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Article
March 9, 1957

BETA, BETA-METHYLETHYLGLUTARIMIDE (MEGIMIDE) IN TREATMENT OF BARBITURATE INTOXICATIONREPORT OF A CASE

Author Affiliations

New York

From the Division of Anesthesiology, Memorial Center for Cancer and Allied Diseases.

JAMA. 1957;163(10):835-837. doi:10.1001/jama.1957.82970450001009
Abstract

In 1954, Shaw and co-workers1 introduced a new barbiturate antagonist, β,β-methylethylglutarimide (Megimide). Since then, many reports of its use for the treatment of barbiturate intoxication,2 activation of the electroencephalogram,3 and rapid termination of barbiturate anesthesia4 have appeared in the literature. The most satisfactory results have been obtained in patients who have taken less than 2 gm. of barbiturate and have been in coma for less than 12 hours. Because of the danger of overdosage (vomiting and muscular fasciculation), doses of 1 gm. of β,β-methylethylglutarimide have seldom been exceeded. This drug has been postulated to be either a barbiturate inactivator or a competitor for the same substrate in the brain.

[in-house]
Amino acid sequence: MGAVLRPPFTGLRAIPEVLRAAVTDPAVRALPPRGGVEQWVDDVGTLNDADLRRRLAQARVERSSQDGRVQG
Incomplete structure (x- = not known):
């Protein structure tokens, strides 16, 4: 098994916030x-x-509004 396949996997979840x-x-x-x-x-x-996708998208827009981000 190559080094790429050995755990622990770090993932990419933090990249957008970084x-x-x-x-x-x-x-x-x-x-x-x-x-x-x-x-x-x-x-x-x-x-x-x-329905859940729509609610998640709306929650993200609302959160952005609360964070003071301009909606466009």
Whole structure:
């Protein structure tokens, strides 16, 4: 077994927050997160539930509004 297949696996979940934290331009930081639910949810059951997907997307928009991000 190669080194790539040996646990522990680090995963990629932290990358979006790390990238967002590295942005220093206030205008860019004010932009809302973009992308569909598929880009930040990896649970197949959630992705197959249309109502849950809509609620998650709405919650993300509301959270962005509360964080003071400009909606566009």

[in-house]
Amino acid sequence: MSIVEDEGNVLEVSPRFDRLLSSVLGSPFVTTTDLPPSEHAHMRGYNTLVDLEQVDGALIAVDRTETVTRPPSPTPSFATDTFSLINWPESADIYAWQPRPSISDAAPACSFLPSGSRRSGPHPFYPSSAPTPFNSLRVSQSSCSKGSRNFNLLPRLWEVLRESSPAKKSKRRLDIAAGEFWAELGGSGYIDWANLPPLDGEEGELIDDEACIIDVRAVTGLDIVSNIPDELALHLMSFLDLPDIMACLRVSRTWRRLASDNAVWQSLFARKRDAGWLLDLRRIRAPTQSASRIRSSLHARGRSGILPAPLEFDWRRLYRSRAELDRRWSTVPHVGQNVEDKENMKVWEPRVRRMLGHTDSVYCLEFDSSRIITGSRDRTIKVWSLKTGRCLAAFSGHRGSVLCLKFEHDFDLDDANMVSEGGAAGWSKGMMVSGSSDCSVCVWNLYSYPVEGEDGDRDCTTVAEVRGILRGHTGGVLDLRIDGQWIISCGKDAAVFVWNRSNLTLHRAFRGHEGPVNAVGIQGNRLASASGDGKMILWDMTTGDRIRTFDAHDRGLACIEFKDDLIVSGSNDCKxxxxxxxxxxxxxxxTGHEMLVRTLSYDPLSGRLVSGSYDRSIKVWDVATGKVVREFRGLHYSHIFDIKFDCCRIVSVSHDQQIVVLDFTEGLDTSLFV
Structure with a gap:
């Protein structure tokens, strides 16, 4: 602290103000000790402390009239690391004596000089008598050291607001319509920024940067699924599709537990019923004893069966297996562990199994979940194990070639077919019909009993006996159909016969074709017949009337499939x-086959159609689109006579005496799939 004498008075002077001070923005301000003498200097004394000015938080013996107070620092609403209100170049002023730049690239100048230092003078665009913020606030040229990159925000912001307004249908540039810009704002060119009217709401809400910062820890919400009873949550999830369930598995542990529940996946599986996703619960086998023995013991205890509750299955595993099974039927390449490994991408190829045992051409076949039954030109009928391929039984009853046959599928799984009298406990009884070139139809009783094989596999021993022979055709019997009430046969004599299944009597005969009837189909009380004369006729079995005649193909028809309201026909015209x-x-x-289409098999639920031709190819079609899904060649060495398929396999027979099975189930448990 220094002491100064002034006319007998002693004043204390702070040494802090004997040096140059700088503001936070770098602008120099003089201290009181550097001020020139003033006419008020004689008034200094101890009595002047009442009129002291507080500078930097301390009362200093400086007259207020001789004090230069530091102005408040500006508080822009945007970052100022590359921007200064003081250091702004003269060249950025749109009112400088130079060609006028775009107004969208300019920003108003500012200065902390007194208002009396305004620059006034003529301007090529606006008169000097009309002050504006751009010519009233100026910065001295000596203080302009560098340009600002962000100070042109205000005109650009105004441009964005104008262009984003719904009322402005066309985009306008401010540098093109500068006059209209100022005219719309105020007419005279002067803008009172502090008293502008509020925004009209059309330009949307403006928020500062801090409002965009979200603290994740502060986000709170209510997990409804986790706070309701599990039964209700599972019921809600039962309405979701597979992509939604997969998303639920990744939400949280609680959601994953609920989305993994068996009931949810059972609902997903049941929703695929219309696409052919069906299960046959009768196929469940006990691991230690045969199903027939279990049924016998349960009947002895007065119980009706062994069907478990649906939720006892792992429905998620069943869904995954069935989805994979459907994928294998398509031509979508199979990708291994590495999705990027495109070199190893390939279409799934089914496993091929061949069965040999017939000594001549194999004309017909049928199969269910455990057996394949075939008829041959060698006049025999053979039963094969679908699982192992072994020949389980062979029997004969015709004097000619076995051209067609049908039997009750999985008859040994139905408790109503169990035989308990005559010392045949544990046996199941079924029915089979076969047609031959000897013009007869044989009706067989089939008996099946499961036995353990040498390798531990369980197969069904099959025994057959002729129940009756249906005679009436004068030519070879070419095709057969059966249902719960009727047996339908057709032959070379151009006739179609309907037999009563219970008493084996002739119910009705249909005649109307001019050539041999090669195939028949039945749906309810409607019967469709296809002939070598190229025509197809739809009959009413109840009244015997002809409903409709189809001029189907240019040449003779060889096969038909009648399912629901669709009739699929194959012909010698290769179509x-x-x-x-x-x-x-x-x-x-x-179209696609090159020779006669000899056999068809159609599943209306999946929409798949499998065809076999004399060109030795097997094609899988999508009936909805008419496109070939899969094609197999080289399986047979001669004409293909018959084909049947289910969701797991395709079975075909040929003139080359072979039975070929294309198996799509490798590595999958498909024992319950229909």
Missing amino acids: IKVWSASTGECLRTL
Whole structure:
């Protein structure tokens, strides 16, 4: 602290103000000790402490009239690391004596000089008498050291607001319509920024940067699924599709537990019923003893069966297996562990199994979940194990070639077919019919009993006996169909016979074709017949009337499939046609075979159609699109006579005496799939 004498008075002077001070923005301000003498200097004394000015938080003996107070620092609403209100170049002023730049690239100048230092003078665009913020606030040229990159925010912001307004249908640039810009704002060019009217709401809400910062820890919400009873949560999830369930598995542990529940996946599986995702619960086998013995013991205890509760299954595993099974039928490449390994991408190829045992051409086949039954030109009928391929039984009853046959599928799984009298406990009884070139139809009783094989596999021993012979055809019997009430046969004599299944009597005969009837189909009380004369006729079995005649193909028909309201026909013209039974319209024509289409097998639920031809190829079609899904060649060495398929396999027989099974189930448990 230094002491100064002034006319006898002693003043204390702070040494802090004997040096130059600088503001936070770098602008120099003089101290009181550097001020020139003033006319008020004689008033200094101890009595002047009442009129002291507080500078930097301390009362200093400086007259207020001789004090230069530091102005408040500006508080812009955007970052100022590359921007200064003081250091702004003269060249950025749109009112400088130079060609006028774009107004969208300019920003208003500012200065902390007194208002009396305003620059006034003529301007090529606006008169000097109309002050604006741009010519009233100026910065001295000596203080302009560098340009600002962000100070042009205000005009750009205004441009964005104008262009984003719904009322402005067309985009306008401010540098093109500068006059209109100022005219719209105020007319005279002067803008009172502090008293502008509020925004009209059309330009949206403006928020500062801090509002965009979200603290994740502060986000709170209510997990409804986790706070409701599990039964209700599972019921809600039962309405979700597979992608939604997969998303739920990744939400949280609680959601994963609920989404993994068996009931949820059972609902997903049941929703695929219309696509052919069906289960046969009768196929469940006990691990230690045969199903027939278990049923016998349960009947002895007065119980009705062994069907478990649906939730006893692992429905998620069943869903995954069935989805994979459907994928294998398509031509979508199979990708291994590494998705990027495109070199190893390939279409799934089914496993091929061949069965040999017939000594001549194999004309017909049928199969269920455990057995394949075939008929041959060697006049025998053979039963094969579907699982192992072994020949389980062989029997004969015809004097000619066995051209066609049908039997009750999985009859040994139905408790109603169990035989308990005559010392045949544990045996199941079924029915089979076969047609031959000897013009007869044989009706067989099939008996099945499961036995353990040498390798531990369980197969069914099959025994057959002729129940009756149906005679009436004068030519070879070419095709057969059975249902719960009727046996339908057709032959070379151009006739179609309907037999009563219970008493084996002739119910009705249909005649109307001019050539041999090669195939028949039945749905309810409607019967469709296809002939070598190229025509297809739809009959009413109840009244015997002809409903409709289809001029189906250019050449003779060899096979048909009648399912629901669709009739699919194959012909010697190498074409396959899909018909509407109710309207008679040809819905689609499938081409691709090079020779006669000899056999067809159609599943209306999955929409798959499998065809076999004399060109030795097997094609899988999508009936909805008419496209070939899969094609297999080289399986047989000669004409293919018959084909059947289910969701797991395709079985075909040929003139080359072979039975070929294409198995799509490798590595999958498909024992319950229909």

The following case report is presented because of the use of a large dose of β,β-methylethylglutarimide (5.5 gm.) in the treatment of barbiturate intoxication. The electroencephalogram was employed to evaluate the depth of the narcosis and to

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